India Life Sciences Fund II raises Rs 865 crore in second fund
The oversubscription of India Life Sciences Fund II shows that investors are open to funds offering focused expertise in certain key industries.
India Life Sciences Fund II, a private equity fund focused on Indian mid-market companies in healthcare services, pharmaceuticals and medical technology space, has raised Rs 865 crore in its second fund, against a target of Rs 750 crore.
The corpus has been raised from seven large institutional investors — known as LPs, or limited partners, in private equity parlance — including an unnamed US-based asset manager that has $4 trillion in under management and a 300-year-old European company.
“Fundraising was not a walk in the park,” said Hari Buggana, MD at Hyderabad-based InvAscent, investment advisor to India Life Sciences Fund II. “Focus of LPs was not only on the investments and returns generated from exits, but also on value addition in terms of specific actions by the team,” he said.
This shows that niche approach with ample expertise in key industries may be the currency to success for PE players at a time when a mix of factors, including poor returns from previous investments and macroeconomic slowdown, has made LPs extremely circumspect about committing their money.
Total private equity and venture capital fundraising slipped to $2.25 billion across 26 funds in 2013 from $3.88 billion raised by 34 funds in 2012, according to EY data.
While the overall investment sentiment has improved in recent months, LPs believe certain sector can give disproportionate returns.
“Focused strategies in a few verticals like healthcare, technology and even consumer discretionary are interesting,” said Anand Prasanna, MD at Morgan Creek Capital, which has backed Indian funds like CX Partners and Kae Capital. “When I look at performance of S&P 500 over last 60 years, these are certain sectors which have outperformed due to various reasons and there is a lot of similar tail-wind for them in countries like India and China.”
LPs also respect funds with specialised teams with their experience in an industry.
Vikram Utamsingh, India co-head at Alvarez & Marsal, which advises private equity and venture capital funds, said, “Teams that have over a period of time developed specific sector focus will have a better ability to assess transactions in their chosen sectors and reduce the margin of risk on returns.”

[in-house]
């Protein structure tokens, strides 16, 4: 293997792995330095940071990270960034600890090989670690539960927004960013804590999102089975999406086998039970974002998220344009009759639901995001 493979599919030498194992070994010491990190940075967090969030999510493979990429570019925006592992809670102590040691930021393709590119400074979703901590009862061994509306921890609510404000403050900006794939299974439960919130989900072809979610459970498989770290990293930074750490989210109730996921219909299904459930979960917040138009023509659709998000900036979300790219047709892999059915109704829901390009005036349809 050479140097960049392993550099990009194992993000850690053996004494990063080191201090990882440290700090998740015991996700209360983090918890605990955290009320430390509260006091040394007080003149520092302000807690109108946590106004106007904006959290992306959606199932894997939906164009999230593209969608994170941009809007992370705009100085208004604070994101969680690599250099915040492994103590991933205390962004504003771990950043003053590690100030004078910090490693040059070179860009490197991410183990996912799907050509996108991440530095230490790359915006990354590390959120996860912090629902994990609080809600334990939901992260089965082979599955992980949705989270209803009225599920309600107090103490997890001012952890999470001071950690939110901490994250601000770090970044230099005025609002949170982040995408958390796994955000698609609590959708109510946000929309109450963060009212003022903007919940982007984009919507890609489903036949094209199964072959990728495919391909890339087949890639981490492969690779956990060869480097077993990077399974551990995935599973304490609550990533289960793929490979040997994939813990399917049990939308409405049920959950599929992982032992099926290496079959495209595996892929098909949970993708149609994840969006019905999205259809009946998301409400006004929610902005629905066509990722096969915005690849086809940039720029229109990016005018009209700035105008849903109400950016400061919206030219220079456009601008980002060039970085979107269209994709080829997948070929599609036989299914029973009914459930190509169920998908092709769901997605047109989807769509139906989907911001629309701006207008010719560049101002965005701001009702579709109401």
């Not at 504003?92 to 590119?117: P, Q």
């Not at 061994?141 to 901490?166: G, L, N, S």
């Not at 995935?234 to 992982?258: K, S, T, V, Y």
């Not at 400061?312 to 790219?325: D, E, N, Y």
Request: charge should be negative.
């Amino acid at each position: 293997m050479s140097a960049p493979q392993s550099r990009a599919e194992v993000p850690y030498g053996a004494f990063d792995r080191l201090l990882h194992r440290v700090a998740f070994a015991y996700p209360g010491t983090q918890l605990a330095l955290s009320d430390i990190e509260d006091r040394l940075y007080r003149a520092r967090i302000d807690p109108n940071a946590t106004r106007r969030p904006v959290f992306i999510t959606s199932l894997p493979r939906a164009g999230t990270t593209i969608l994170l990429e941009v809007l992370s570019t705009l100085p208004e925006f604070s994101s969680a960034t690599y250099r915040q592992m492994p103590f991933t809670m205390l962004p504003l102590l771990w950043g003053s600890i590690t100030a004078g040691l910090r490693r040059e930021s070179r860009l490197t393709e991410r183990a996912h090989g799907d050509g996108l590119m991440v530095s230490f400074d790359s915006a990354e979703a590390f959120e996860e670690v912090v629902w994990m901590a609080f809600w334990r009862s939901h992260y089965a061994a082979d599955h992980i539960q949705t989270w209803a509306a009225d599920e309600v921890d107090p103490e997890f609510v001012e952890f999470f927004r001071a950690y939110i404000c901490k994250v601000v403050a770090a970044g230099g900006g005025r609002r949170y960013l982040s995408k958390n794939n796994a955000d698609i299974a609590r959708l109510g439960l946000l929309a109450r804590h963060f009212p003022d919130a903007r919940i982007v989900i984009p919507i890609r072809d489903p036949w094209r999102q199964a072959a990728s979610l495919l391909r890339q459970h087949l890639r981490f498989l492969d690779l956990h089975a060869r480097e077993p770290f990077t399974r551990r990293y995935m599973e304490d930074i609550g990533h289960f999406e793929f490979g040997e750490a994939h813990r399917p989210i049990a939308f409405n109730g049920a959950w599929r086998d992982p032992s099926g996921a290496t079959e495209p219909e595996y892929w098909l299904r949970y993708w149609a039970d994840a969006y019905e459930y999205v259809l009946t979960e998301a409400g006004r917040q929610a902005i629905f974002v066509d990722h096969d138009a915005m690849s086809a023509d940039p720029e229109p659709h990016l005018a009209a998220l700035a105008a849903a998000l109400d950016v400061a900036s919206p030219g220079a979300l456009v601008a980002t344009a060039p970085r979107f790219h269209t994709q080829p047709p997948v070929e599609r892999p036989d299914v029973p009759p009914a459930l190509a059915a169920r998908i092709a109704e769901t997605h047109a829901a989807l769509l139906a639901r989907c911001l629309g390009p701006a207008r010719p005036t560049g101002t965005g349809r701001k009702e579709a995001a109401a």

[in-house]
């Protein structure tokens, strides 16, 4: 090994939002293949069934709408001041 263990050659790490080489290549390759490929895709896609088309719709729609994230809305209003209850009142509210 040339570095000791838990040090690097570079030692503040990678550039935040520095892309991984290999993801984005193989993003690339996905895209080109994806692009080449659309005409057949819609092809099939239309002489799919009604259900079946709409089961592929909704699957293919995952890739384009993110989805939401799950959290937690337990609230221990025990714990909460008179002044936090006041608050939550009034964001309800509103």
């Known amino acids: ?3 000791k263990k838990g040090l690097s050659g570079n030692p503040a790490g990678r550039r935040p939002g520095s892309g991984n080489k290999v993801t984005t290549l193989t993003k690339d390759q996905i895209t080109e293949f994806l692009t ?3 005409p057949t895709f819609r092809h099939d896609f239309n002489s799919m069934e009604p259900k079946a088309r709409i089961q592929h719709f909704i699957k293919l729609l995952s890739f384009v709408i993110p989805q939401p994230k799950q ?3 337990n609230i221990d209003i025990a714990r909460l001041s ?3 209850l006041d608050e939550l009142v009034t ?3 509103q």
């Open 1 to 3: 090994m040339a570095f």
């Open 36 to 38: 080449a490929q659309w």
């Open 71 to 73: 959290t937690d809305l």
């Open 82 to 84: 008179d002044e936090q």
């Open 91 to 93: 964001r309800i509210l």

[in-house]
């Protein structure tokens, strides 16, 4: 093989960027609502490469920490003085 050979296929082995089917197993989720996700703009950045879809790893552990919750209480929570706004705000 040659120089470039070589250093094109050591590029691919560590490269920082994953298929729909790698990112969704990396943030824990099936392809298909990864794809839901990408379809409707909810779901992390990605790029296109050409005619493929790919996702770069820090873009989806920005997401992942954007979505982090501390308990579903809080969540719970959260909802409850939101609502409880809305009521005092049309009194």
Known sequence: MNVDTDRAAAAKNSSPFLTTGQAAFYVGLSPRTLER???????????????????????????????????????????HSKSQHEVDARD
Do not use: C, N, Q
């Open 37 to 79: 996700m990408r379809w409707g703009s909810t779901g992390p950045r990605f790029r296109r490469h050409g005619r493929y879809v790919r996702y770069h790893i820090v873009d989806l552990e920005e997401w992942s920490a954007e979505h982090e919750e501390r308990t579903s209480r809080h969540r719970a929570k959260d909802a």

Consulting firm Bain & Co's 2014 India Private Equity Report said, “LPs consider PE funds’ team quality and industry focused operational expertise as most critical when allocating funds. As a result, GPs are trying to differentiate most on industry expertise and credibility.”
India's healthcare space has several focused funds like Piramal's India Venture Advisors, Burman's Asian Healthcare Fund, Religare-backed Quadria Capital and Somerset Indus Capital Fund. There are also PE funds focused on segments like education (Kaizen PE) and food & agriculture (Rabo Equity Advisors, SEAF India and Omnivore Partners).
While most these PEs still invest from their maiden funds, it is the second fund for India Life Science II. In 2007-08, the predecessor fund had raised approximately Rs 636 crore.
Its team includes doctor-turned-investors who have worked at companies like Roche, Abbott Labs, Genomics Collaborative, Dr Reddy’s Laboratories, McKinsey and SBI Capital.
Besides its expertise in the sector what also helped the fund is building a strong exit track record, already returning 80% of the capital of its first fund through three exits in a portfolio of eight companies.
India Life Science's first fund has also exited from three investments through secondary sales to top investors like KKR, Temasek and CX Partners. It exited medical consumables maker Sutures India with over three times returns, and made over two times in cancer care network Healthcare Global. More recently it sold its stake in Gland Pharma, which makes niche cardiovascular and orthopaedic drugs, to KKR, which invested approximately Rs 1,200 crore in the Hyderabad-based company.
On raising more money than the first fund, Buggana of InvAscent said, “The size of the companies in the target universe has also increased and they can absorb much more capital.”
But India Life Sciences Fund II will continue with its strategy of buying minority stake in companies. “We feel that we can be very effective as minority shareholders and don't need to be in control to create value,” said Buggana, who has worked as a life sciences industry consultant at McKinsey and as a scientist at Abbott Labs. He said the fund will look at deals of Rs 50-100 crore.
In 2012, there were 43 PE and VC deals worth $924 million in the healthcare and pharma space, which increased to 61 transactions worth $1,034 million in 2013.